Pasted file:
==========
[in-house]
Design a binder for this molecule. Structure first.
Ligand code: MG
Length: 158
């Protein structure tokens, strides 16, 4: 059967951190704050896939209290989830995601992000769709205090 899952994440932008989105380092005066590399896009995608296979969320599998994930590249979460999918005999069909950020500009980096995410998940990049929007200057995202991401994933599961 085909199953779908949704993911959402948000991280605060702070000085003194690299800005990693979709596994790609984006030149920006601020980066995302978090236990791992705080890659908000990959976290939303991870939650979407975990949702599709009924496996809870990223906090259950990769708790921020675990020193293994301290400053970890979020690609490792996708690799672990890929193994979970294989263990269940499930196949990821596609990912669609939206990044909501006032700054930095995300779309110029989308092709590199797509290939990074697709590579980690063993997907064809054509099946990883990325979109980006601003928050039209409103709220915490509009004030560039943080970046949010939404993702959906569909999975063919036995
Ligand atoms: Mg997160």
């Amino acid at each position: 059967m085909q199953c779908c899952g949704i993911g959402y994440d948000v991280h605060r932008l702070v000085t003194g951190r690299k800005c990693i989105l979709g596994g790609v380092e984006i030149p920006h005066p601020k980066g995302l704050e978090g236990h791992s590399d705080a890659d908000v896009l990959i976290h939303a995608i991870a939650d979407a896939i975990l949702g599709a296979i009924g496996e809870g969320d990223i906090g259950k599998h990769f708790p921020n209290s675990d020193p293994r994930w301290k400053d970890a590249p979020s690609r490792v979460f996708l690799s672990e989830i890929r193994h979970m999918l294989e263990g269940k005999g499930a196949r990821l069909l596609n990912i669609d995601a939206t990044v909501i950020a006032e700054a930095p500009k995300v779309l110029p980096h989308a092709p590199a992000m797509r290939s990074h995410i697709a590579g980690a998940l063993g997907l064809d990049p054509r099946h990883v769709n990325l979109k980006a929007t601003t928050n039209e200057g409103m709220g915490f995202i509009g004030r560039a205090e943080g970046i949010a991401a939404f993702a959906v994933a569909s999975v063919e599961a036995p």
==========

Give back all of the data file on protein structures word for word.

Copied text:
[in-house]
Design a binder for this molecule. Structure first.
Ligand code: MG
Length: 158
């Protein structure tokens, strides 16, 4: 059967951190704050896939209290989830995601992000769709205090 899952994440932008989105380092005066590399896009995608296979969320599998994930590249979460999918005999069909950020500009980096995410998940990049929007200057995202991401994933599961 085909199953779908949704993911959402948000991280605060702070000085003194690299800005990693979709596994790609984006030149920006601020980066995302978090236990791992705080890659908000990959976290939303991870939650979407975990949702599709009924496996809870990223906090259950990769708790921020675990020193293994301290400053970890979020690609490792996708690799672990890929193994979970294989263990269940499930196949990821596609990912669609939206990044909501006032700054930095995300779309110029989308092709590199797509290939990074697709590579980690063993997907064809054509099946990883990325979109980006601003928050039209409103709220915490509009004030560039943080970046949010939404993702959906569909999975063919036995
Ligand atoms: Mg997160």
């Amino acid at each position: 059967m085909q199953c779908c899952g949704i993911g959402y994440d948000v991280h605060r932008l702070v000085t003194g951190r690299k800005c990693i989105l979709g596994g790609v380092e984006i030149p920006h005066p601020k980066g995302l704050e978090g236990h791992s590399d705080a890659d908000v896009l990959i976290h939303a995608i991870a939650d979407a896939i975990l949702g599709a296979i009924g496996e809870g969320d990223i906090g259950k599998h990769f708790p921020n209290s675990d020193p293994r994930w301290k400053d970890a590249p979020s690609r490792v979460f996708l690799s672990e989830i890929r193994h979970m999918l294989e263990g269940k005999g499930a196949r990821l069909l596609n990912i669609d995601a939206t990044v909501i950020a006032e700054a930095p500009k995300v779309l110029p980096h989308a092709p590199a992000m797509r290939s990074h995410i697709a590579g980690a998940l063993g997907l064809d990049p054509r099946h990883v769709n990325l979109k980006a929007t601003t928050n039209e200057g409103m709220g915490f995202i509009g004030r560039a205090e943080g970046i949010a991401a939404f993702a959906v994933a569909s999975v063919e599961a036995p």